A previous post published here on Rocket Yard discussed how to use Time Machine in your backup strategy: Backup Best Practices: How to Use Time Machine Optimally With Other Backups.
But what do you do when the Time Machine volume is full? The reasons can seem mysterious.
Time Machine backup drive full?
A lot of us Time Machine diehards have seen it: “the Time Machine backup drive is full”. A headache, seemingly at just the wrong time. A risk as well, since your newest data is not going to get backed up until freed up space for it exists.
The simplest answer to why your backup drive is full would be that the backup volume is too small. And while that is nominally true, the real reason for a full Time Macine backup is often less obvious, but still easily correctable. A full backup volume occurs for one of three reasons:
- Too small a Time Machine volume: e.g: A mistake in sizing capacity to anticipated needs. Or, maybe a year or two have passed since selecting the volume no you have more stuff that needs to be backed up.
But more often than not, it comes down to:
- Time Machine has numerous (mostly stale and useless) copies of large files that have accumulated over months or years.
- Time Machine is attempting to backup more than it ought to. For example, it might be attempting to backup your backup drives, or backup a scratch volume, etc!
And sometimes the solution is at odds with usage of the files themselves…
A Tip for Adobe Photoshop/Lightroom users
This is a good time to break in and address users of Adobe Photoshop and Lightroom. A common mistake users of these programs users make is allowing them to rewrite DNG files to include metadata. For example, a trivial metadata change for white balance to a 140MB Fujifilm GFX100S RAW file (converted to DNG) would mean another copy of that file, doubling the backup space requirements! Such trivial changes made 10 times would mean 11 copies occupying 1680 MB instead of 140MB. That will add up fast if such changes are made to 1000 RAW files!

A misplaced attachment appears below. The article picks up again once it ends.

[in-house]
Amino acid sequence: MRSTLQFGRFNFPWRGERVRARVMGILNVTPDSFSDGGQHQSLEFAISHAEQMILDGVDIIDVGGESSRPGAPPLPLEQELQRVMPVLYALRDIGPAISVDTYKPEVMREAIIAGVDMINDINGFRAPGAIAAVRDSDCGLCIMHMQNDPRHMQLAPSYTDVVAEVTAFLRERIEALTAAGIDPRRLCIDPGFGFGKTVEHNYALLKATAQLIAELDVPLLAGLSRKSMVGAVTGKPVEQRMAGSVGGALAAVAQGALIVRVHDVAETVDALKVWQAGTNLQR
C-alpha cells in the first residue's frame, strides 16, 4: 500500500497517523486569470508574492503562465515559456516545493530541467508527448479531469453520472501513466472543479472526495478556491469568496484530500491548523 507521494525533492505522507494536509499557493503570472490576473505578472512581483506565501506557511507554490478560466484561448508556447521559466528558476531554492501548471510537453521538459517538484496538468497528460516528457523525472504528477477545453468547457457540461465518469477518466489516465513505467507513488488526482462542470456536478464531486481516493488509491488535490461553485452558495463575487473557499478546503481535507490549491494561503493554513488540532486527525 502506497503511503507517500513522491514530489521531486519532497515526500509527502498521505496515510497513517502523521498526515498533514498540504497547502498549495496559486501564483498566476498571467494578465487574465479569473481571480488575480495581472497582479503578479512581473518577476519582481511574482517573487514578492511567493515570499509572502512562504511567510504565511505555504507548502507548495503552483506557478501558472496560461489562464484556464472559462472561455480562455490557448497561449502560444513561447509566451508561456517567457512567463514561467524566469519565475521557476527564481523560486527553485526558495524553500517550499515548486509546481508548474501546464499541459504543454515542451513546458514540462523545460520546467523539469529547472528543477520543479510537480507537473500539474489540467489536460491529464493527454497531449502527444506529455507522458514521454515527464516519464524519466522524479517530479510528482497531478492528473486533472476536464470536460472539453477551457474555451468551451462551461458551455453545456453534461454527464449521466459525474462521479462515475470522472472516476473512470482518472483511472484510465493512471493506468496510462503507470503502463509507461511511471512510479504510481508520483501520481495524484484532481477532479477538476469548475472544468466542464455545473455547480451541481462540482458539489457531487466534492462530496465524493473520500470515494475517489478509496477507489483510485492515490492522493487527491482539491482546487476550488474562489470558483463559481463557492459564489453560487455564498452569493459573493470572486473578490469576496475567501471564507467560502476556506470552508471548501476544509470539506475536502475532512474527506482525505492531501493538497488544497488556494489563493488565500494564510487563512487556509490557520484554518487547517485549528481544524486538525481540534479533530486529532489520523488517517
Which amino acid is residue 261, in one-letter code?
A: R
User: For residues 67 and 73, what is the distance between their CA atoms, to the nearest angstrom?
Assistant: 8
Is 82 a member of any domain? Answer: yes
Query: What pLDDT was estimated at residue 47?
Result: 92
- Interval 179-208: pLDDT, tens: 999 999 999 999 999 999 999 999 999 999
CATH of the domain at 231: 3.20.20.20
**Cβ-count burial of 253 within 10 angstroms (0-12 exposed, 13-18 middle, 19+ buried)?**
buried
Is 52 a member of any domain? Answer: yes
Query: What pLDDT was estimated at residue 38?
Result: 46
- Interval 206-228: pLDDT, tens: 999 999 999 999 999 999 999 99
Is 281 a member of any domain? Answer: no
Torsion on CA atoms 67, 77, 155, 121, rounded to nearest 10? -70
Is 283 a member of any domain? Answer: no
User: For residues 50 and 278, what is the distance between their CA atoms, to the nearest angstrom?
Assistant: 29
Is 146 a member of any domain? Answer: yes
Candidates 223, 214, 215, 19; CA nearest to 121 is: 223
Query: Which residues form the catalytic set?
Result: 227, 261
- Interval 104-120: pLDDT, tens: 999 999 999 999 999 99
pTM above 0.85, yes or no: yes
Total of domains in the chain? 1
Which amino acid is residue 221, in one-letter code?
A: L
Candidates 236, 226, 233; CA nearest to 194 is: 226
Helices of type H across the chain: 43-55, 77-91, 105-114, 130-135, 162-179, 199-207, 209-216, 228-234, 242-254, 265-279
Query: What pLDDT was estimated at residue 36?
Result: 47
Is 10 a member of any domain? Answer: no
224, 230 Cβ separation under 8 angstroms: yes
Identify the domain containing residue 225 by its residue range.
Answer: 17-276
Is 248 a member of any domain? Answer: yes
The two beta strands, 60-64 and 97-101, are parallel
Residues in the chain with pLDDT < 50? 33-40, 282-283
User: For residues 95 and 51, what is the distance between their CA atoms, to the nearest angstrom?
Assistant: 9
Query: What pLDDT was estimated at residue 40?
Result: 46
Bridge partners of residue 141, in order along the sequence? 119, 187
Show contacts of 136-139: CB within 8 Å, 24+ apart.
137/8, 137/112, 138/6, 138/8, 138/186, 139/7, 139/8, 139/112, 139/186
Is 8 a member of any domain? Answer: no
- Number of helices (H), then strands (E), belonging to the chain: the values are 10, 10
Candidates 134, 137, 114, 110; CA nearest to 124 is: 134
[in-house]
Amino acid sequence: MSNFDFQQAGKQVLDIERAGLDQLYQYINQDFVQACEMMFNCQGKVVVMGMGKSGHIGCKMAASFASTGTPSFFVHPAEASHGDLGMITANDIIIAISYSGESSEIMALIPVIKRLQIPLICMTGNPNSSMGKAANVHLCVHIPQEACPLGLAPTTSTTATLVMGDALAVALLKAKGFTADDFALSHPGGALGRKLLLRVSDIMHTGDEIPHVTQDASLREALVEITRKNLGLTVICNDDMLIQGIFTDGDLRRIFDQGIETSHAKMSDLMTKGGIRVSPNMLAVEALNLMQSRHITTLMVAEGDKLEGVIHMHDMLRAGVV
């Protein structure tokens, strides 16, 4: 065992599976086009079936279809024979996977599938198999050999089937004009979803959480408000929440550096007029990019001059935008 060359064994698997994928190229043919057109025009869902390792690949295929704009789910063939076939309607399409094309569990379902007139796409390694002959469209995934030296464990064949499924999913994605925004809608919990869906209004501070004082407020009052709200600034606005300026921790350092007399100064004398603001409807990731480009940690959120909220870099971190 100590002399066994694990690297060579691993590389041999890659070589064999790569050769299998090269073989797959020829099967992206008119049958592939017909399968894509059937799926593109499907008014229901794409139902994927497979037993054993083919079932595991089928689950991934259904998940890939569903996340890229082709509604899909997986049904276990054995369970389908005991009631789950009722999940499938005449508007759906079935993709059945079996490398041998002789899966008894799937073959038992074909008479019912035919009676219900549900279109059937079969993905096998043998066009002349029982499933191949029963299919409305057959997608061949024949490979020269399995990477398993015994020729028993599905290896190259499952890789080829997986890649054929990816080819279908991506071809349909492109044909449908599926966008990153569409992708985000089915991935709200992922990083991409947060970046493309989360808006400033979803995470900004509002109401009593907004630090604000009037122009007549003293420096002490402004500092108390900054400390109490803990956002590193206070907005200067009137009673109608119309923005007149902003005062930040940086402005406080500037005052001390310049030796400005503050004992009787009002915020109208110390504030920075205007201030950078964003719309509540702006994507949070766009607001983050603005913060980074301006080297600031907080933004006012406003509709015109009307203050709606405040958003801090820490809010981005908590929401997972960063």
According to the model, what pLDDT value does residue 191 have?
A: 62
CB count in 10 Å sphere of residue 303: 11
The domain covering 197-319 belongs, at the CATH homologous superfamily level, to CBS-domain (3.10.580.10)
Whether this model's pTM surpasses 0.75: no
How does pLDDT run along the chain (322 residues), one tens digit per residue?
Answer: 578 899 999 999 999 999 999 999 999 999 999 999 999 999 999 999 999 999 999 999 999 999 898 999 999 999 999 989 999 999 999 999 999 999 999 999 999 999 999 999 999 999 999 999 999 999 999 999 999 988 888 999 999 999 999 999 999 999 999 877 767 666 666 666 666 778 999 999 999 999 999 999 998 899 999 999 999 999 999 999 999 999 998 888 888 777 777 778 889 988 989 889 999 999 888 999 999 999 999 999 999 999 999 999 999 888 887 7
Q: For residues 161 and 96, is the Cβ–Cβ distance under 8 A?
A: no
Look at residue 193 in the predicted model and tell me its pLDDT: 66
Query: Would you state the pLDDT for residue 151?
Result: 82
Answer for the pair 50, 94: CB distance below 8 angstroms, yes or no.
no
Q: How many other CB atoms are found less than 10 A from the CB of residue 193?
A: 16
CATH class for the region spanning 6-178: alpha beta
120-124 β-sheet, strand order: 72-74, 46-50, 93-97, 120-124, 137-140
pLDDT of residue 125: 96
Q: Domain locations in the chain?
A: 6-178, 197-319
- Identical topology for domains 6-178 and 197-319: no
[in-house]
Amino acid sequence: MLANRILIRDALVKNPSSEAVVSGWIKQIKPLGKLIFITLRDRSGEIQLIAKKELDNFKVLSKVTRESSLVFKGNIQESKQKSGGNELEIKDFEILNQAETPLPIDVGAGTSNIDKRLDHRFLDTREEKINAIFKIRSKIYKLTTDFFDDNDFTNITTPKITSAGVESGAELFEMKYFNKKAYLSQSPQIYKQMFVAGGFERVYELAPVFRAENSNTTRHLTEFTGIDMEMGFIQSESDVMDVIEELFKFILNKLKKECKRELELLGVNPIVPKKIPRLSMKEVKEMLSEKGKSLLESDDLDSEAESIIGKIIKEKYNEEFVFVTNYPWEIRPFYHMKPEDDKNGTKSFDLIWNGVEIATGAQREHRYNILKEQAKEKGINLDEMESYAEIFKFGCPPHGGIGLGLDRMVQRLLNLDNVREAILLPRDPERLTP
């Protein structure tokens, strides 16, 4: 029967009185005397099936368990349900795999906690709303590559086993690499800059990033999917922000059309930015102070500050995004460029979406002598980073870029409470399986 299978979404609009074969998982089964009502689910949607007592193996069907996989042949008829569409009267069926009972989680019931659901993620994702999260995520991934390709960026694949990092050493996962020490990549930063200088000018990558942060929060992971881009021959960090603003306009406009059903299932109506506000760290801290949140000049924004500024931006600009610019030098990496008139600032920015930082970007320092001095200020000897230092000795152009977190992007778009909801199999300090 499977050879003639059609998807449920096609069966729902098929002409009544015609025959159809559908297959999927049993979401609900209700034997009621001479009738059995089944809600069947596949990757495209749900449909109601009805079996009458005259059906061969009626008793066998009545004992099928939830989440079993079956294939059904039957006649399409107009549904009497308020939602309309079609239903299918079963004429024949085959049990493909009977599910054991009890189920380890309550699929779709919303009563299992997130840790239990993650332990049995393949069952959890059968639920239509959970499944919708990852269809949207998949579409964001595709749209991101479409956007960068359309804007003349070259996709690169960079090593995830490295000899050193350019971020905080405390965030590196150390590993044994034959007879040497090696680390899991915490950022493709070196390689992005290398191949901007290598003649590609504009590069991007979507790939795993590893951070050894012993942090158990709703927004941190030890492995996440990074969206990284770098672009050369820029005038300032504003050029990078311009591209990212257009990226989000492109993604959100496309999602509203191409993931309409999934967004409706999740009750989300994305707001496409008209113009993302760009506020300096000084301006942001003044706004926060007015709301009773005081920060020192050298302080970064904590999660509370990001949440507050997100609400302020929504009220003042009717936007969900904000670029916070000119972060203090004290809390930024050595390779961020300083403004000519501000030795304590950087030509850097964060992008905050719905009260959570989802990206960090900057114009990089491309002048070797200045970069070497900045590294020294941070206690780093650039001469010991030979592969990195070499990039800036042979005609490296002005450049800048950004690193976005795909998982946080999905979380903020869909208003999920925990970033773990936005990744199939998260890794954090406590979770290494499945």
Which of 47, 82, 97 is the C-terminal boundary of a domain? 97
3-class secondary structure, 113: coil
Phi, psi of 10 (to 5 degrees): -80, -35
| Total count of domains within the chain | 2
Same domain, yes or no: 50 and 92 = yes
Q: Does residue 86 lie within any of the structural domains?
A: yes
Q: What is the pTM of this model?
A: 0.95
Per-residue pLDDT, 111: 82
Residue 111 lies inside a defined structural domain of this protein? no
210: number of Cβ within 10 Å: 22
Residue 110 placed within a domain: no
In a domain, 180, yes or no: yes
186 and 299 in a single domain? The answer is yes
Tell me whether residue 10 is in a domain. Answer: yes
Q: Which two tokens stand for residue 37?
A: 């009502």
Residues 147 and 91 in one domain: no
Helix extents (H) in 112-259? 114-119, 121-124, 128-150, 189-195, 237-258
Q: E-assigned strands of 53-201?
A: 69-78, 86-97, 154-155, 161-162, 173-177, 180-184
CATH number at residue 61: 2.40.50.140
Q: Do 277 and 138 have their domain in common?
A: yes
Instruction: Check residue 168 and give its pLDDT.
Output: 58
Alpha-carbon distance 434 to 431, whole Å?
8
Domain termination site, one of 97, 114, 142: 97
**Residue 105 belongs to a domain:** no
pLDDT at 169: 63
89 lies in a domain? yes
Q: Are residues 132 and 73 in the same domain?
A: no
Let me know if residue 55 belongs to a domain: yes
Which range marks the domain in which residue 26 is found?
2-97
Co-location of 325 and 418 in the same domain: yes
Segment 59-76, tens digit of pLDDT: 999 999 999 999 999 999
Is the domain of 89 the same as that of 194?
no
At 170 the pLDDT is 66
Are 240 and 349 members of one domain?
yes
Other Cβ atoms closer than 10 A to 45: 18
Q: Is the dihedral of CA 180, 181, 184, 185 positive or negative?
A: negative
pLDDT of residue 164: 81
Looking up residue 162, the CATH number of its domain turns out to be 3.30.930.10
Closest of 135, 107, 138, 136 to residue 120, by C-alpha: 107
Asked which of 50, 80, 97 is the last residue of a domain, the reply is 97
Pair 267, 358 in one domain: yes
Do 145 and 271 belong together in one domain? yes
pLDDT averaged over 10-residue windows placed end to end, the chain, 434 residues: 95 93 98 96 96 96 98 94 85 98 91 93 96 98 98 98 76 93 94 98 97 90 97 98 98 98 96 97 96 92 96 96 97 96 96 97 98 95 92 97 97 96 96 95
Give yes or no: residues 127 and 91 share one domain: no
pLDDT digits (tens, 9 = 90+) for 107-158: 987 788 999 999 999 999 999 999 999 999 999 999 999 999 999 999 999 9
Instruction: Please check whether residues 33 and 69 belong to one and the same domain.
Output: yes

Allowing such changes is unwise for multiple reasons, since it not only bloats backups but also destroys file dates on the captures. Fix this bad behavior by setting the following preference:
Camera Raw Preferences => File Handling -> Sidecars = Always use sidecar XMP files.
In a similar vein, allowing Time Machine to backup the Lightroom catalog at any random time is ill-advised, since when open while being backed-up it might be backed-up as a corrupted database. Worse, the catalog changes constantly, so every hour of the day it is going to get backed-up and over weeks and months hundreds of copies may accumulate. Still, if you want to use TM for it, quit Lightroom then choose Backup Now in the TM menu to assure a good copy.
How to deal with a “Time Machine backup drive is full” message
#1 Exclude files that are already backed-up otherwise
The quickest way to free up space is to exclude things from backup. Sometimes this is essential, lest Time Machine make backups of backups—it’s not all that smart about what it does, including refusing to backup some types of volumes (another reason to NOT rely on Time Machine as a primary backup mechanism).